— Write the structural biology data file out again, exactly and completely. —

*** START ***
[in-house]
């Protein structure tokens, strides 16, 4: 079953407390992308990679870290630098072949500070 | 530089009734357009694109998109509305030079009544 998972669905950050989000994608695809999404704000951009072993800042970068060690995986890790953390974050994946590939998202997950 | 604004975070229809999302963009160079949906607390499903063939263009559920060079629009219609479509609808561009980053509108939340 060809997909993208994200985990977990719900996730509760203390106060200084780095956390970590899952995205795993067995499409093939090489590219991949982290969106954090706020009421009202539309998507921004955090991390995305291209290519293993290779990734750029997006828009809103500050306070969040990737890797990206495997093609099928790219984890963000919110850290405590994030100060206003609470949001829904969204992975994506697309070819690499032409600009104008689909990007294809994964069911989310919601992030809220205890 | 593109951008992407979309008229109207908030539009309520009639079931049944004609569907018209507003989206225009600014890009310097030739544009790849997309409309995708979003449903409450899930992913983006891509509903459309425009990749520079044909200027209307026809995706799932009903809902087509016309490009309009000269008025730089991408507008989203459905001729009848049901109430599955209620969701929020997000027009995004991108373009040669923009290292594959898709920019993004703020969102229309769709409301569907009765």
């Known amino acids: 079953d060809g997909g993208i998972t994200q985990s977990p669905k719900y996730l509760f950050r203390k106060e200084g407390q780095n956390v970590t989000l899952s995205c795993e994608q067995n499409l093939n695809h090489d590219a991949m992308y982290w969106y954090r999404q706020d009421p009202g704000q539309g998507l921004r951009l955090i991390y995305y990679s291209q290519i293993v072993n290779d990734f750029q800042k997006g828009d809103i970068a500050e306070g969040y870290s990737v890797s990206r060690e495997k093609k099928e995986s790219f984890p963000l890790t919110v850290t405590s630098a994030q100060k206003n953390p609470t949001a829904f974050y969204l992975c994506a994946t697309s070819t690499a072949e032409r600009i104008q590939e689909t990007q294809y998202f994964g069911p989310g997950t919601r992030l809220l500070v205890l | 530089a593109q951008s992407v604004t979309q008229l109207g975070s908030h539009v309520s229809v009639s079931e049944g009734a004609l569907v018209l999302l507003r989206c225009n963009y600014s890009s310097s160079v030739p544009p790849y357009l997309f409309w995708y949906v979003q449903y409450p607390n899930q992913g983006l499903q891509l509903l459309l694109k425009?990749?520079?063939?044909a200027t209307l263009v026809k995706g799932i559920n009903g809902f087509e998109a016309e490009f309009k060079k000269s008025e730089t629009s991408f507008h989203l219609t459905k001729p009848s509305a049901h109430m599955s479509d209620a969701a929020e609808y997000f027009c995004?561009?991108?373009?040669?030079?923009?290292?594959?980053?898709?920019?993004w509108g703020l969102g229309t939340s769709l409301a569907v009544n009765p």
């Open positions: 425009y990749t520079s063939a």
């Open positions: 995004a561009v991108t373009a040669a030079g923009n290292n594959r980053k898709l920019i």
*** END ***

[in-house]
């Protein structure tokens, strides 16, 4: 079953407390992308990679870290630098072949500070 | 530089009734357009694109998109509305030079009544 998972669905950050989000994608695809999404704000951009072993800042970068060690995986890790953390974050994946590939998202997950 | 604004975070229809999302963009160079949906607390499903063939263009559920060079629009219609479509609808561009980053509108939340 060809997909993208994200985990977990719900996730509760203390106060200084780095956390970590899952995205795993067995499409093939090489590219991949982290969106954090706020009421009202539309998507921004955090991390995305291209290519293993290779990734750029997006828009809103500050306070969040990737890797990206495997093609099928790219984890963000919110850290405590994030100060206003609470949001829904969204992975994506697309070819690499032409600009104008689909990007294809994964069911989310919601992030809220205890 | 593109951008992407979309008229109207908030539009309520009639079931049944004609569907018209507003989206225009600014890009310097030739544009790849997309409309995708979003449903409450899930992913983006891509509903459309425009990749520079044909200027209307026809995706799932009903809902087509016309490009309009000269008025730089991408507008989203459905001729009848049901109430599955209620969701929020997000027009995004991108373009040669923009290292594959898709920019993004703020969102229309769709409301569907009765």
């Known amino acids: 079953d060809g997909g993208i998972t994200q985990s977990p669905k719900y996730l509760f950050r203390k106060e200084g407390q780095n956390v970590t989000l899952s995205c795993e994608q067995n499409l093939n695809h090489d590219a991949m992308y982290w969106y954090r999404q706020d009421p009202g704000q539309g998507l921004r951009l955090i991390y995305y990679s291209q290519i293993v072993n290779d990734f750029q800042k997006g828009d809103i970068a500050e306070g969040y870290s990737v890797s990206r060690e495997k093609k099928e995986s790219f984890p963000l890790t919110v850290t405590s630098a994030q100060k206003n953390p609470t949001a829904f974050y969204l992975c994506a994946t697309s070819t690499a072949e032409r600009i104008q590939e689909t990007q294809y998202f994964g069911p989310g997950t919601r992030l809220l500070v205890l | 530089a593109q951008s992407v604004t979309q008229l109207g975070s908030h539009v309520s229809v009639s079931e049944g009734a004609l569907v018209l999302l507003r989206c225009n963009y600014s890009s310097s160079v030739p544009p790849y357009l997309f409309w995708y949906v979003q449903y409450p607390n899930q992913g983006l499903q891509l509903l459309l694109k425009?990749?520079?063939?044909a200027t209307l263009v026809k995706g799932i559920n009903g809902f087509e998109a016309e490009f309009k060079k000269s008025e730089t629009s991408f507008h989203l219609t459905k001729p009848s509305a049901h109430m599955s479509d209620a969701a929020e609808y997000f027009c995004?561009?991108?373009?040669?030079?923009?290292?594959?980053?898709?920019?993004w509108g703020l969102g229309t939340s769709l409301a569907v009544n009765p």
């Open positions: 425009y990749t520079s063939a």
């Open positions: 995004a561009v991108t373009a040669a030079g923009n290292n594959r980053k898709l920019i």